Rigorous guidelines and unambiguous metrics serve as guardrails to let everyone know which results fall inside acceptable parameters, and which are sub-par. For employees, quality programs remove any points of contention by setting very clear expectations as to how work should be done. When employees have that kind of clarity, it sets the tone for a positive culture and work environment.
A Quality Culture is a Learning Culture
Excellence is all about continuous improvement. In a culture of quality, employees share a common drive to make things better. Finger-pointing and blame shifting are rare. Instead, people throughout the organization share an ethos of high-performance and are driven by a championship mindset.
In a learning organization, there is a common understanding that facts matter. Data is important, and to improve, everyone on the team must be willing to honestly face the questions “In what ways are we not doing our best?” and “What can we do differently to make things better?” When that becomes a shared conversation throughout your company, you have successfully built a learning organization.
Continuous Improvement Is Contagious
A culture of quality is contagious. When people are immersed in a quality-focused work environment, they will follow along with those who lead by example. Most people are naturally driven towards excellence when they see I performers all around them. On the other side of the coin, no one wants to be labeled as “that guy” that doesn’t meet the other teammates’ expectations.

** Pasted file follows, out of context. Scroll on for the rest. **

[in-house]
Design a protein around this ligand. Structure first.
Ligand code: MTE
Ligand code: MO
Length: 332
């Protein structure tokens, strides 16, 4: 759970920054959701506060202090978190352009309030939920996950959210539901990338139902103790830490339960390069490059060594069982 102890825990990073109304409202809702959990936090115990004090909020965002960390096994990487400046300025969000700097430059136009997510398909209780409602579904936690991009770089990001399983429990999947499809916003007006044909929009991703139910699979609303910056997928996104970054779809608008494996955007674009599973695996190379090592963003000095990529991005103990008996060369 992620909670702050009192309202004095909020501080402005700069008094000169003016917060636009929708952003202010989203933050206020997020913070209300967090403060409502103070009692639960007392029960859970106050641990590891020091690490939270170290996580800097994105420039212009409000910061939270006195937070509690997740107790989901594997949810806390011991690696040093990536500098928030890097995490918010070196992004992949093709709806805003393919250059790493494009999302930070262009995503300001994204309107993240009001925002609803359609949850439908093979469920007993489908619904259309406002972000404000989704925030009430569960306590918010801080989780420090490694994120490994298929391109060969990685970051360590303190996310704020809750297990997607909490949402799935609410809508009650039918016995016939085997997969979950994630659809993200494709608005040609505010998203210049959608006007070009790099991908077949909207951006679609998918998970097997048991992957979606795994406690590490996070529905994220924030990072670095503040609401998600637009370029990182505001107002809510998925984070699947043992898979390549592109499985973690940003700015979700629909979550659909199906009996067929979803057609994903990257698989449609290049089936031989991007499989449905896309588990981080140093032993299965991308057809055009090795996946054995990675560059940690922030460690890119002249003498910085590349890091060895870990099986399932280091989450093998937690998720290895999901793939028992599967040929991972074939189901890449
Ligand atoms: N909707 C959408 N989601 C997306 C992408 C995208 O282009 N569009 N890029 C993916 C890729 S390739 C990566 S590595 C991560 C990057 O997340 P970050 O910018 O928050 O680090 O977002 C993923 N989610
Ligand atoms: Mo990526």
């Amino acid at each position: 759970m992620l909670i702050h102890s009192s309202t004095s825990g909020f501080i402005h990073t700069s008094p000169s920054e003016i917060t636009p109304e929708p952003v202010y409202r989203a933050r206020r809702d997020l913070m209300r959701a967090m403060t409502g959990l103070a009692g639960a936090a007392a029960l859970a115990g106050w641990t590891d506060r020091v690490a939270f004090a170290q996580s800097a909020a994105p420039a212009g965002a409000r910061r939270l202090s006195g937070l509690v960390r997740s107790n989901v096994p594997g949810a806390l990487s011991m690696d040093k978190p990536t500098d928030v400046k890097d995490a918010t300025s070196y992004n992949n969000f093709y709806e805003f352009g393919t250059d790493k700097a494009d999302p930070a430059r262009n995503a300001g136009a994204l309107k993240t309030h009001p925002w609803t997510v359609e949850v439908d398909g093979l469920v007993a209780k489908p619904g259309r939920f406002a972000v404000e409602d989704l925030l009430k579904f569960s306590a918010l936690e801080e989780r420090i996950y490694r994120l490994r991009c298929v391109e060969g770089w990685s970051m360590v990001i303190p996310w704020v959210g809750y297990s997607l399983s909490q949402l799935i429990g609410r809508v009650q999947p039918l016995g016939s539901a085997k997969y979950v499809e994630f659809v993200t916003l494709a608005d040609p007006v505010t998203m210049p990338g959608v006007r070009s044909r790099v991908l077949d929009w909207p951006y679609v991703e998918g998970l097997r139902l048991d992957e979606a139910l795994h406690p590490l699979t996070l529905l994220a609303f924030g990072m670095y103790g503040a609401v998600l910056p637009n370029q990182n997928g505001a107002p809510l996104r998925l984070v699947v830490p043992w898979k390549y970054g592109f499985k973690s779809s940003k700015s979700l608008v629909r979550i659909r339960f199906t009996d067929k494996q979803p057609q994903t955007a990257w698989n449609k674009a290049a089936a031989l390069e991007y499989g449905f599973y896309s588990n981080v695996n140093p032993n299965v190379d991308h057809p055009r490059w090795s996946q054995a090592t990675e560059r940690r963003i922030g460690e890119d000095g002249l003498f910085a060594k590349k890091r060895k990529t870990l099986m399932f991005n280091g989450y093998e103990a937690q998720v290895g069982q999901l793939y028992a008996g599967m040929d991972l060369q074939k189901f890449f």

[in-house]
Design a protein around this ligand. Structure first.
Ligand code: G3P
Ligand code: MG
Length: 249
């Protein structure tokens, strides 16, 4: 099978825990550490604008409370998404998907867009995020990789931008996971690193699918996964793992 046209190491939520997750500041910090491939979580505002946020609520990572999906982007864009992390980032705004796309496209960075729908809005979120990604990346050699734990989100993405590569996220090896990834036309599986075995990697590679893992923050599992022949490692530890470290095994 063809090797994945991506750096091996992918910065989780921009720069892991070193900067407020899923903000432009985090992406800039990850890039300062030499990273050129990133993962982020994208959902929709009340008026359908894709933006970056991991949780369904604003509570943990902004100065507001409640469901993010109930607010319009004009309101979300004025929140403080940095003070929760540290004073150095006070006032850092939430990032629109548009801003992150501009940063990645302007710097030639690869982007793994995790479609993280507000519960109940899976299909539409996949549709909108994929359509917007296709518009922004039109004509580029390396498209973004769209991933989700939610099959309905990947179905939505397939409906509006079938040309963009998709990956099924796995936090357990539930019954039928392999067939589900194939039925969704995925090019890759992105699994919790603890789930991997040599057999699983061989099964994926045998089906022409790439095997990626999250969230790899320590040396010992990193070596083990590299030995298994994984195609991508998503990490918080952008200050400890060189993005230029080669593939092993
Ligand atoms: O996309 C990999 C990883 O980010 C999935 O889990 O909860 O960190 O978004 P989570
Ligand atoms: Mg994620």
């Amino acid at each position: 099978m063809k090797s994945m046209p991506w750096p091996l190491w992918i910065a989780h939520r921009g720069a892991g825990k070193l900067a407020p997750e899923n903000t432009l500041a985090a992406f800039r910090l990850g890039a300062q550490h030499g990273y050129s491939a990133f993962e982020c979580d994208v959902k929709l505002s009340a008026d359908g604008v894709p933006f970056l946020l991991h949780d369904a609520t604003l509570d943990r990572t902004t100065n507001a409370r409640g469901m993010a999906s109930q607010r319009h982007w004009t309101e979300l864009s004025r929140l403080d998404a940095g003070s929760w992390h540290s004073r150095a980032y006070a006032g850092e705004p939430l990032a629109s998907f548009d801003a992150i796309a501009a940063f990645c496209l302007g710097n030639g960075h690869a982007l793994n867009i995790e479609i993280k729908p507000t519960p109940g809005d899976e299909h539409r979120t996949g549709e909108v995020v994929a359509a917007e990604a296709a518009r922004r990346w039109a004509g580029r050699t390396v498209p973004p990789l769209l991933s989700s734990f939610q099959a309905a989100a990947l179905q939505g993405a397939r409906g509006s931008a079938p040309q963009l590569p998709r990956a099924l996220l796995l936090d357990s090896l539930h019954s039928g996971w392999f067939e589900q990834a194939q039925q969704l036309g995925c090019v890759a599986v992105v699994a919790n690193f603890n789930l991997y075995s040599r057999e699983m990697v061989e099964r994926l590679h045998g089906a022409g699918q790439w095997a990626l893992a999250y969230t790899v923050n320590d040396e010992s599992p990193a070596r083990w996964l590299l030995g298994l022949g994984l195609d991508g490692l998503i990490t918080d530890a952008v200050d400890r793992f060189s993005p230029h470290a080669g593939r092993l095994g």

There is a special camaraderie that develops in high-performance teams. It has an attractive power to others. Great organizational cultures are magnets for talent, and that further feeds the virtuous cycle of excellence. When team members share a common belief that “failure is not an option”, it further reinforces that ethos. They’re always asking, “How do we create the next product or service, – one that is superior in meeting customer needs, – and how can we do it at a lower price, with higher efficiency, to yield an even higher measure of stakeholder value?”
There is nothing wrong with having a good system of external incentives in place to motivate your workforce. After all, people want to know that their work is valued and appreciated. But that spirit of high performance, reinforced with a clear cut and data driven QMS can truly take your organization to the next level. When expectations are clear and quality is established as a non-negotiable factor in producing great goods and services, a culture of quality can flourish.
Here at Intellect, we are proud of our own culture of quality. We live it every day as we strive to develop the best, most flexible software on the market for quality management. If your company aspires to be a high-performance organization, we ‘d love to be part of your journey. Contact us today to talk about how Intellect can help, and to arrange for freedom.